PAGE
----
OTFs at second wake are almost certainly from body position errors. In my "article" about the Leverage Position, I have a section on symptoms, and list several keys to self-diagnosing and avoiding OTFs. I think it's worth a read. Lemme know if you have any trouble searching it up.

 

But if you just wanna do one thing right away to increase your safety, face your shoulders toward the boat. It's really hard to go out the front with your shoulders fully square to the boat. I actually don't recommend skiing dead-square to the boat as the best possible practice, but start there until your OTFs go away and then consider allowing yourself to deviate just a touch from fully square to get a little more angle.

Link to comment
Share on other sites

You are probably "leading with the shoulders" and "trailing with the hips", with the arms seperated from your body. This means that you are taking most of the pull through your shoulders (high anchor point) and are "not connected" through your core.

 

"Stand tall" and "Lock the Elbows" to the vest with "straight arms",..to maintain a low anchor point!!! This will help you to get your shoulders back and will help you to bring your hips forward/up to "connect the handle to your hip".

 

http://waterskimag.com/how-to/2001/06/14/smooth-between-the-wakes/

 

http://waterskimag.com/features/2010/04/19/how-to-maximize-cross-course-direction/

 

http://waterskimag.com/features/2012/07/12/position-your-arms-for-effortless-water-skiing/

Link to comment
Share on other sites

  • Baller

@justcuz - I have been having some of the same symptoms the past couple weeks. Last night I diagnosed it. First, get stacked. That will improve acceleration and improve angle during/after the turn. Second, keep your head up in the turn.

 

What I was doing to cause the problem was actually "getting forward on my ski" for a great turn. Turns out I was bending forward at the waist to get weight on the front of the ski. As I was bending forward I was looking at the ball. I would end up getting a ton of angle and being in a bad position for the hook up and wake crossing. To compensate I'd have to "sit down" (like in a chair position) and bend even MORE at the waist to take the hit and stay on the ski.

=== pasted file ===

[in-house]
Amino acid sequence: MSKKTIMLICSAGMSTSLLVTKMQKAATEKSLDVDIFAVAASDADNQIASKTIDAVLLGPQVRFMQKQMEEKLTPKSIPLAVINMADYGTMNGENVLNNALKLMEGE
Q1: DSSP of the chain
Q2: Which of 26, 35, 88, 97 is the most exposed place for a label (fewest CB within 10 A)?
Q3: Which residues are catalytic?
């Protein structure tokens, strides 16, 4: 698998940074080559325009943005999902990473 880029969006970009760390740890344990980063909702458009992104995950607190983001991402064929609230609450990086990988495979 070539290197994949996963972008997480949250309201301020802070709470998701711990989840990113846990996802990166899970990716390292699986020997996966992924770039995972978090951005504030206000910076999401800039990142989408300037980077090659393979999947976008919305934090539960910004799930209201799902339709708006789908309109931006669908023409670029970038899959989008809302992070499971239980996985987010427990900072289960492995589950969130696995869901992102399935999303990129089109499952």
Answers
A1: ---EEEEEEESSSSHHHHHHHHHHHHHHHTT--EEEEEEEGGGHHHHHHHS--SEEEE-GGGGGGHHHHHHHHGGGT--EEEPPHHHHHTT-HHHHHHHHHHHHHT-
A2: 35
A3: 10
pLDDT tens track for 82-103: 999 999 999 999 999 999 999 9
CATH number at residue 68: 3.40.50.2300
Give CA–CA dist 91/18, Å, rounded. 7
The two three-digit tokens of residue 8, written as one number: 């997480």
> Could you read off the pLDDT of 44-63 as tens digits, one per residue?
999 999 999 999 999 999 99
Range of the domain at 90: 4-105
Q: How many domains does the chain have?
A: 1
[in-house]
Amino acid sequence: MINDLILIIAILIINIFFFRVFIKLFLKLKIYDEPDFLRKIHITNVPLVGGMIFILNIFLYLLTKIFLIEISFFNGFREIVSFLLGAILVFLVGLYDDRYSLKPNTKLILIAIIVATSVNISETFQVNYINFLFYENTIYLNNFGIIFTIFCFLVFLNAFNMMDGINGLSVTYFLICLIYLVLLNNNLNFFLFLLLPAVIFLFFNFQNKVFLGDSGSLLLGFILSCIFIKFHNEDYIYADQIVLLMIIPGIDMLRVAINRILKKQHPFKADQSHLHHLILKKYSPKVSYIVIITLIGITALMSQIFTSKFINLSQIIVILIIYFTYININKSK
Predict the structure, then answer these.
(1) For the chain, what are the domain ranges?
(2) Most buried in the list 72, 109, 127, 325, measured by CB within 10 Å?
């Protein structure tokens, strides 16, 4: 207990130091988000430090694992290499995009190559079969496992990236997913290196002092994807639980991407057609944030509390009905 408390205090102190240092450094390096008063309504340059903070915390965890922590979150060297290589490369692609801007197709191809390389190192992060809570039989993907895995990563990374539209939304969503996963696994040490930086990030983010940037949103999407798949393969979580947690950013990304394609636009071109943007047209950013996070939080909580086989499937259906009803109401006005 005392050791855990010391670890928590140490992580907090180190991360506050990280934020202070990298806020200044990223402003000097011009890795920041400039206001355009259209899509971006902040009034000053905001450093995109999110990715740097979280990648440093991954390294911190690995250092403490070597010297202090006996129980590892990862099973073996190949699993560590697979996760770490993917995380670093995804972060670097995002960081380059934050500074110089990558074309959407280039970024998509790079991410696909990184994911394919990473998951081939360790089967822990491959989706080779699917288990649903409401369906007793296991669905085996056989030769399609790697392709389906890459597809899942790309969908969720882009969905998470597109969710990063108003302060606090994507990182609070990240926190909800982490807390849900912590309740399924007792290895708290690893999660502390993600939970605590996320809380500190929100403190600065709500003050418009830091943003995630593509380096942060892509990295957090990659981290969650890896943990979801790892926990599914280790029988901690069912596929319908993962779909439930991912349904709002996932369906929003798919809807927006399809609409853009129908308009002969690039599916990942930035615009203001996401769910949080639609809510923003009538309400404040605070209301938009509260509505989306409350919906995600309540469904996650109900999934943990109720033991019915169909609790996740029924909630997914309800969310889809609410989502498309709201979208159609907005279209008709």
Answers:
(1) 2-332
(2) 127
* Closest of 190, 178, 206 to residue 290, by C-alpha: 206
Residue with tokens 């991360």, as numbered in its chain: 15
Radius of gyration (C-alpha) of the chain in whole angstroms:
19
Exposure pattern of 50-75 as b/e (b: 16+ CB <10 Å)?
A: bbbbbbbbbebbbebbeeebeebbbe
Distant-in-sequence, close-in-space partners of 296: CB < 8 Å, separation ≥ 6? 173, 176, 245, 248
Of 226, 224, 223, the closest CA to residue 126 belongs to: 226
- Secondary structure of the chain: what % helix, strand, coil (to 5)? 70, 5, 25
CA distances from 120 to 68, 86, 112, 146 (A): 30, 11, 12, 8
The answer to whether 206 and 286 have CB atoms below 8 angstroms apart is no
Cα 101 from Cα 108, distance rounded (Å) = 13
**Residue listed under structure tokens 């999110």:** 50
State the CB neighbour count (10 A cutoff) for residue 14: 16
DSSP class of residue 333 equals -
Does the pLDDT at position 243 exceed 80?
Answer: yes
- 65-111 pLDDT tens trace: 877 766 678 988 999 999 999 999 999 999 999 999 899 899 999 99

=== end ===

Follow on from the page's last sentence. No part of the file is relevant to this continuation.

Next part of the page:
Was so thankful I "figured" it out last night.....it felt great!!!! Hope this helps!

Link to comment
Share on other sites

Just thought I'd give an update. I spent yesterday working on form, not worrying about speed, cuts, etc. I did move the front binding back one hole and double checked all measurements with a caliper. Indeed I am not stacked moving through the wake, which I'm betting is by far my biggest issue. I worked hard at pushing my hips forward and keeping my arms at my hips. I have a ton of bad habits to break I think.

 

I also realized, even though I wasn't worrying about speed, I have to ski at 34 for this ski to work right at my weight (just a touch over 200 this AM), otherwise I get some pretty good tip spray. Makes me wonder if I shoulda gone with the 69 but the 67's price was much better. My hope is I will ski into this ski, rather than outskiing a 69. I have no issues getting up (in fact it's easier than my ol' F3), and am enjoying the challenge.

 

Couple times I felt that "oh crap" feeling, but no slide outs and no OTF's!

 

Thanks for the help all, looking forward to working on this for a while. It's safe to say I'm re-learning to slalom ski.

Link to comment
Share on other sites

Create an account or sign in to comment

You need to be a member in order to leave a comment

Create an account

Sign up for a new account in our community. It's easy!

Register a new account

Sign in

Already have an account? Sign in here.

Sign In Now
 Share

×
×
  • Create New...